chapter  X
30 Pages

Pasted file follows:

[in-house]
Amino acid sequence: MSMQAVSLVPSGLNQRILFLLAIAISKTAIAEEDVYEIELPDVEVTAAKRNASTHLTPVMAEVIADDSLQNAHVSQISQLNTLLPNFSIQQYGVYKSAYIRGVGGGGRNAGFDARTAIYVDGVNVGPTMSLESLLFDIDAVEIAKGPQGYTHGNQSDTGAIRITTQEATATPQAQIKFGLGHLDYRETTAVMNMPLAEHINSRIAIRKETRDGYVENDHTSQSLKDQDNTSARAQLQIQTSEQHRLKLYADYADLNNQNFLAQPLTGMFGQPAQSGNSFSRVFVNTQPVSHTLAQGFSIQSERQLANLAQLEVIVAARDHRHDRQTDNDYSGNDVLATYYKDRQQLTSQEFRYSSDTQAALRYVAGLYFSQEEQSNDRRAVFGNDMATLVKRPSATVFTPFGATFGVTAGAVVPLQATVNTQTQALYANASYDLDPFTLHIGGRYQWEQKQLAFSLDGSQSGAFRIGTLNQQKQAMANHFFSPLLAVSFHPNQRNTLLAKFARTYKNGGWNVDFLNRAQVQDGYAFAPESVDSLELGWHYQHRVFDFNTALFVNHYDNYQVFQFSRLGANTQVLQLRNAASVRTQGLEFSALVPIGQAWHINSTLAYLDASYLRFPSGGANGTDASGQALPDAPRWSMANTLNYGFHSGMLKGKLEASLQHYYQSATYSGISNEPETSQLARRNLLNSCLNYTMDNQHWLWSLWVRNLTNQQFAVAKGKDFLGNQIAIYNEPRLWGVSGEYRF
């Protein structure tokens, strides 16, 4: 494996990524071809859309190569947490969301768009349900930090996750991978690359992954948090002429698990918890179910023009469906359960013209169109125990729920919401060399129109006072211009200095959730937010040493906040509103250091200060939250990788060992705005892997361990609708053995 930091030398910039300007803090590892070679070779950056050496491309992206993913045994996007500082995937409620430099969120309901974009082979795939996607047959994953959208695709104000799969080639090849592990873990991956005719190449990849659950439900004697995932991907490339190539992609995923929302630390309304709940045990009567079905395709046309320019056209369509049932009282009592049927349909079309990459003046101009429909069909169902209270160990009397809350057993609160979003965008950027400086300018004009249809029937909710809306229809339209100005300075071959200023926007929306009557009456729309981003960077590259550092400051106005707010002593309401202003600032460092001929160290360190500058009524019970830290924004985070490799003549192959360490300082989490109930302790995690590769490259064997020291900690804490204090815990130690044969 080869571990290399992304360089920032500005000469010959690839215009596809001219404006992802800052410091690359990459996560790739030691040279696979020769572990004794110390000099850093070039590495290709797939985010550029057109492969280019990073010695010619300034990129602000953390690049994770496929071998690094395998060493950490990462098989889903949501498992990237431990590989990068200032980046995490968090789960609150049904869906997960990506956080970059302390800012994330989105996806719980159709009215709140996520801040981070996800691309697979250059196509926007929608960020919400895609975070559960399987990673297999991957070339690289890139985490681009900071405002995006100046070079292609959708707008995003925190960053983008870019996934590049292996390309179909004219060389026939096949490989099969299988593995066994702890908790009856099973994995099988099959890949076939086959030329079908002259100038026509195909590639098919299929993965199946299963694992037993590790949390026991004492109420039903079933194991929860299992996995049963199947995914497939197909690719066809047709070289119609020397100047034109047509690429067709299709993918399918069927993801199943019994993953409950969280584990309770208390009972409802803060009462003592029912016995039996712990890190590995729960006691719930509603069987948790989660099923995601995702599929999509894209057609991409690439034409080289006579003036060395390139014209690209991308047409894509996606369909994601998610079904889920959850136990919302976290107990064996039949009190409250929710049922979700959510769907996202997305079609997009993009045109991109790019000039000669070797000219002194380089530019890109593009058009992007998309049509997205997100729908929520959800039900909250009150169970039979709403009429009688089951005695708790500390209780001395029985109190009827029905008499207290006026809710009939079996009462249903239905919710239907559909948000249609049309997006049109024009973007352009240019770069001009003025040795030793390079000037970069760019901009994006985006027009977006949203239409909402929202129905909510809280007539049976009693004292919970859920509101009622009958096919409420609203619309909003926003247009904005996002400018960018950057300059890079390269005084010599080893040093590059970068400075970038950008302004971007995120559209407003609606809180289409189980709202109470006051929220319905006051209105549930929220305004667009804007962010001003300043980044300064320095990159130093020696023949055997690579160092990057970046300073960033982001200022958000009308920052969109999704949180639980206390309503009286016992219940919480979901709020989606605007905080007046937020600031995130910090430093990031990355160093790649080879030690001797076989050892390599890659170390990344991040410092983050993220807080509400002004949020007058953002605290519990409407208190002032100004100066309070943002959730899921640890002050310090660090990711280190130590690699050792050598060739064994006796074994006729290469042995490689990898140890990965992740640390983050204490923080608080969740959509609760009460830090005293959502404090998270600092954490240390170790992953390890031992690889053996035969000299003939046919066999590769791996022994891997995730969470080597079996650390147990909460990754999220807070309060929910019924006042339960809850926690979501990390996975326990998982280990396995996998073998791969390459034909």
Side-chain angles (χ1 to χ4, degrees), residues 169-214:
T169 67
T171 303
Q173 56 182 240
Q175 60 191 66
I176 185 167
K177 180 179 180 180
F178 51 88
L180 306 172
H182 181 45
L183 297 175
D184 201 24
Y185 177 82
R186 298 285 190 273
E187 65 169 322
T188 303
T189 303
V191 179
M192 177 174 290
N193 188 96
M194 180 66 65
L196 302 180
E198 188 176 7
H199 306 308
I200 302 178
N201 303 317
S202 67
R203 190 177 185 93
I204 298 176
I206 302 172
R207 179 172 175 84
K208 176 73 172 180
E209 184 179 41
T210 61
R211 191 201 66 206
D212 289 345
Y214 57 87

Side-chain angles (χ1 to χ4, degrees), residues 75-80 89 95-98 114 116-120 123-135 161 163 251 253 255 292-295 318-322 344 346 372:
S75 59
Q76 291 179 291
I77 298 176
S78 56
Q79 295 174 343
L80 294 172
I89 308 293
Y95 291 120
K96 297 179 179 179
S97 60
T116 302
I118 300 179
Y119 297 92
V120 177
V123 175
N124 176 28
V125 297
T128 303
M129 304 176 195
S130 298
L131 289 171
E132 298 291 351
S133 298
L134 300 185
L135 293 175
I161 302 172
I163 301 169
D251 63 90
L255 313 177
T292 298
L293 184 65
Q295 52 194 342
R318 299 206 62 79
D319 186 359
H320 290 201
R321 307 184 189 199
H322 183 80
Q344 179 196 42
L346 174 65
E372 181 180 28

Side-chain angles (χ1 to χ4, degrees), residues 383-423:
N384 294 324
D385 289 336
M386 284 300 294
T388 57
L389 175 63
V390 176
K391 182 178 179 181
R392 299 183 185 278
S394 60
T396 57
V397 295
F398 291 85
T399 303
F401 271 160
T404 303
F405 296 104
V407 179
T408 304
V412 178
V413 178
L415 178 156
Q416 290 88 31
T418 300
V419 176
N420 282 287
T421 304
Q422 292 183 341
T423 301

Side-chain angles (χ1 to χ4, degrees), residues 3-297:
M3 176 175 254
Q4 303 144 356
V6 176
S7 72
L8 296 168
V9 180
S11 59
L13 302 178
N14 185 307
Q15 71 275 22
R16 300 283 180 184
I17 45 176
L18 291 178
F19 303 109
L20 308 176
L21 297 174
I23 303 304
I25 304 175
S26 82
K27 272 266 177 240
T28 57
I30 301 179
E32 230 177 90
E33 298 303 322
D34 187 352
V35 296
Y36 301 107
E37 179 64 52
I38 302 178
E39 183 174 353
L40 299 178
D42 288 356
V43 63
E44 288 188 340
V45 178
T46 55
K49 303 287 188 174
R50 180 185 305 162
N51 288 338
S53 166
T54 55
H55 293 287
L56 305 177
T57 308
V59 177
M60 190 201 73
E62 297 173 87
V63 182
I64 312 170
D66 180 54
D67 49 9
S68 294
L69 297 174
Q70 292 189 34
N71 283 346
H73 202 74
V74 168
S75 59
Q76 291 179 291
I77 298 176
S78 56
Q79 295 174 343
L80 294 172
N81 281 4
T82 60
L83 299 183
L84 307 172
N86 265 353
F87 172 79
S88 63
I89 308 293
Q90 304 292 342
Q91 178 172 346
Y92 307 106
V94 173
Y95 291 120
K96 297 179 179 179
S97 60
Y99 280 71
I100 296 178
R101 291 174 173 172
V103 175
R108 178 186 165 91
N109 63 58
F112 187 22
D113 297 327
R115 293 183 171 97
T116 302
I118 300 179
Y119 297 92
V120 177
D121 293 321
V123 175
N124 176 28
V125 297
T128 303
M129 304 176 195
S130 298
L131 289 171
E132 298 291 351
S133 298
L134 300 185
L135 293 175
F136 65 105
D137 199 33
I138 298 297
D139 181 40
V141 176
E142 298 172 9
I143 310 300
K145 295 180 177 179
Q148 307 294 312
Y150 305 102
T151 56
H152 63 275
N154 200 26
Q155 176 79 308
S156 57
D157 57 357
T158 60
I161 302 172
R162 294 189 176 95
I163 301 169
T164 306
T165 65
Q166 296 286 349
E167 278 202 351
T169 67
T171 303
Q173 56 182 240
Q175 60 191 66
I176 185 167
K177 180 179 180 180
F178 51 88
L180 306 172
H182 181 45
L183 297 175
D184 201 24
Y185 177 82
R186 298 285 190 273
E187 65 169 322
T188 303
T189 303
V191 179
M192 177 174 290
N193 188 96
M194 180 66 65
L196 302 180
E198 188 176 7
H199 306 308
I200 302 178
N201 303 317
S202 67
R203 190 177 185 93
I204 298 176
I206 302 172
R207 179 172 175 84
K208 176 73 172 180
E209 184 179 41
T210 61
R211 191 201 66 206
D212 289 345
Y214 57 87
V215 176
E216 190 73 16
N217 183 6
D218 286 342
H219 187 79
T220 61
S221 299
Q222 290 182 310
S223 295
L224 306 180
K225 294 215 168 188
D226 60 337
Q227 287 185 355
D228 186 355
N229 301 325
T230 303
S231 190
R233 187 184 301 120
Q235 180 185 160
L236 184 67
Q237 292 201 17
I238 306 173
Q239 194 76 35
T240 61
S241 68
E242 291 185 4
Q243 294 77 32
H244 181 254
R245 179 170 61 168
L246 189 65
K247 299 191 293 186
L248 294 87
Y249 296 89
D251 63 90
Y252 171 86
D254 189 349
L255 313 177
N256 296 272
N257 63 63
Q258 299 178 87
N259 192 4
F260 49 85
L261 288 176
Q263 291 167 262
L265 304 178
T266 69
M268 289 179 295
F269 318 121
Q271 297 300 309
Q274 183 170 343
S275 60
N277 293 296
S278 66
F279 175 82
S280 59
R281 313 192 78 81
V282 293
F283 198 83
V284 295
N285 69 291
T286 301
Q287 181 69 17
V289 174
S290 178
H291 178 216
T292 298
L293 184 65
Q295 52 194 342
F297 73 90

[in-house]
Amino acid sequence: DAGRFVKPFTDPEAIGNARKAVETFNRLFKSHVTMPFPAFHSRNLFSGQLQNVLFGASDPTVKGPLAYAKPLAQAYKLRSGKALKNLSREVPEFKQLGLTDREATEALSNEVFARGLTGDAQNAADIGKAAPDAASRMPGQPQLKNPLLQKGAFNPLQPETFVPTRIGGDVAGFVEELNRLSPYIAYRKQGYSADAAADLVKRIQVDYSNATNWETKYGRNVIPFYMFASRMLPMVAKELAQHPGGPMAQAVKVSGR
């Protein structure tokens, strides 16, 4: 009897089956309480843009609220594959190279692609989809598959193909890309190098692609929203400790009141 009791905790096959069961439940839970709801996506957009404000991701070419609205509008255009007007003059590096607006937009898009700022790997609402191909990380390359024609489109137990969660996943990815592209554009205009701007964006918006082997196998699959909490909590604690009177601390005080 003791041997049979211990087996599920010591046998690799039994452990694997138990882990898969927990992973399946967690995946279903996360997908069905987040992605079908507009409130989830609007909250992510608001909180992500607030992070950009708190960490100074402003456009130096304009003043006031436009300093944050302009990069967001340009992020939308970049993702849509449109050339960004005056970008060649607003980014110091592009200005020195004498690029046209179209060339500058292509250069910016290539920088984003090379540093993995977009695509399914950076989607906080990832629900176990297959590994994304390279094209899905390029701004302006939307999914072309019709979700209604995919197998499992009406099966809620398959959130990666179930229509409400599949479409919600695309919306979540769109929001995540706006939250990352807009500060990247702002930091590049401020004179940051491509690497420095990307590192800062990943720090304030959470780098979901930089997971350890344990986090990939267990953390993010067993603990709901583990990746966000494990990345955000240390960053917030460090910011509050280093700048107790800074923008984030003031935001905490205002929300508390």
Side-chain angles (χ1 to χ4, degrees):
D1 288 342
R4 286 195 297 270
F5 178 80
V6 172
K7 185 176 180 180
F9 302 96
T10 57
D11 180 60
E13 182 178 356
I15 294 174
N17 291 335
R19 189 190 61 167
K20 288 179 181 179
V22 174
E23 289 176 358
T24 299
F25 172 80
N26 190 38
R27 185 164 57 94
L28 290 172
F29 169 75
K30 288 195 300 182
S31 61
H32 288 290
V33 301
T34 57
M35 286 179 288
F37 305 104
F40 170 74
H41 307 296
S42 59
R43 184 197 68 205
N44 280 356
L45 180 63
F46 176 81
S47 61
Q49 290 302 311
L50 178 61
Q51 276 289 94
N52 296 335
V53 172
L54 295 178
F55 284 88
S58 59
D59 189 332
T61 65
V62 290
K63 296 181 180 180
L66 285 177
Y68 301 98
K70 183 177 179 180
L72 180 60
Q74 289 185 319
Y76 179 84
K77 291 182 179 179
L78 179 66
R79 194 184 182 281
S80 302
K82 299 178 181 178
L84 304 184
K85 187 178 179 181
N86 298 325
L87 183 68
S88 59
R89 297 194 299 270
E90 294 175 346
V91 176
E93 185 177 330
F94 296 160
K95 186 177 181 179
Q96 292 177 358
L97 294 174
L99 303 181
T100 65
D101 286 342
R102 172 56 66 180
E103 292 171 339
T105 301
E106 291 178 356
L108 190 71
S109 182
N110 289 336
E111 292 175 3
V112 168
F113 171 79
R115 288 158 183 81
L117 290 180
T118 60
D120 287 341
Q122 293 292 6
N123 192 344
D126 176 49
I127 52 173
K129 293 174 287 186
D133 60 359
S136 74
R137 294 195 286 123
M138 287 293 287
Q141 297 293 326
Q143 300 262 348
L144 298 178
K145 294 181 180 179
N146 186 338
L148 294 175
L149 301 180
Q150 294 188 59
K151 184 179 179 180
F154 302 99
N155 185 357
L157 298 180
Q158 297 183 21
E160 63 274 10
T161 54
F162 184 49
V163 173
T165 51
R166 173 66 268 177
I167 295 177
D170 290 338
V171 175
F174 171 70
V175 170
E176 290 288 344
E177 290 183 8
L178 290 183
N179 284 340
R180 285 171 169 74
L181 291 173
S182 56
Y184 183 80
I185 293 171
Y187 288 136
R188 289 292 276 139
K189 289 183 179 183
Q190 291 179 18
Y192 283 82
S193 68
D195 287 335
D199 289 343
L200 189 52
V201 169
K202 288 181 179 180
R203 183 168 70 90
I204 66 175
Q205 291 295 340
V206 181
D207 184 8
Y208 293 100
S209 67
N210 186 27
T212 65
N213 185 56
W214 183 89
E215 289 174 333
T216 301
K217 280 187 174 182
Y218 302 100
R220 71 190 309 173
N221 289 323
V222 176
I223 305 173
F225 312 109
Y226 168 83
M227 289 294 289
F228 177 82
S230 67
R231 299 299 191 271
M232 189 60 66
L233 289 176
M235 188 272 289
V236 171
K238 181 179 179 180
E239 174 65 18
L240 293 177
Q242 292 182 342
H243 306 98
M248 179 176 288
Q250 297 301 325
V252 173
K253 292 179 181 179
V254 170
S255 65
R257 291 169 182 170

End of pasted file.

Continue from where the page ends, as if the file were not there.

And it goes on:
W HEREAS superstitious ideas about animals are mentioned from different parts of South America, there are com­paratively few direct traces to be found of what may be called a plant worship among the South American Indians. The best known on this point are the ideas and customs of the ancient Peruvians, recorded by certain ecclesiastical Spanish writers of the sixteenth and seventeenth centuries, to whom in other matters also we owe our best information concerning the culture of the Inca empire at the time of the conquest. On the other hand, we know enough of the primitive Indian religion east of the Andes to show that the belief in, and worship of, an Earth-mother, a Maize-goddess, and other plant deities, was not a phenomenon exceptional to the Incas, but still exists in other parts of the South American continent. In fact, we may say at once that plant spirits play the same important role in the practical religion of the Indians as animal spirits, and from a certain point of view perhaps a still more important one. But unfortunately most modern ethnologists who have travelled among the Indians have been far less thorough in their studies than the early Spanish writers, and have paid but little attention to this particular aspect of their customs and beliefs. In many cases the true nature of the “ sacredness ” ascribed to certain trees and plants can only be found out by a careful analysis of the myths, rites, and superstitious practices with which they are connected. For my own part I shall in the present chapter, devoted to an examination of the Indian plant spirits, to a great extent base my conclusions upon facts collected by myself during my sojourn among the Indians of Gran Chaco and of Ecuador.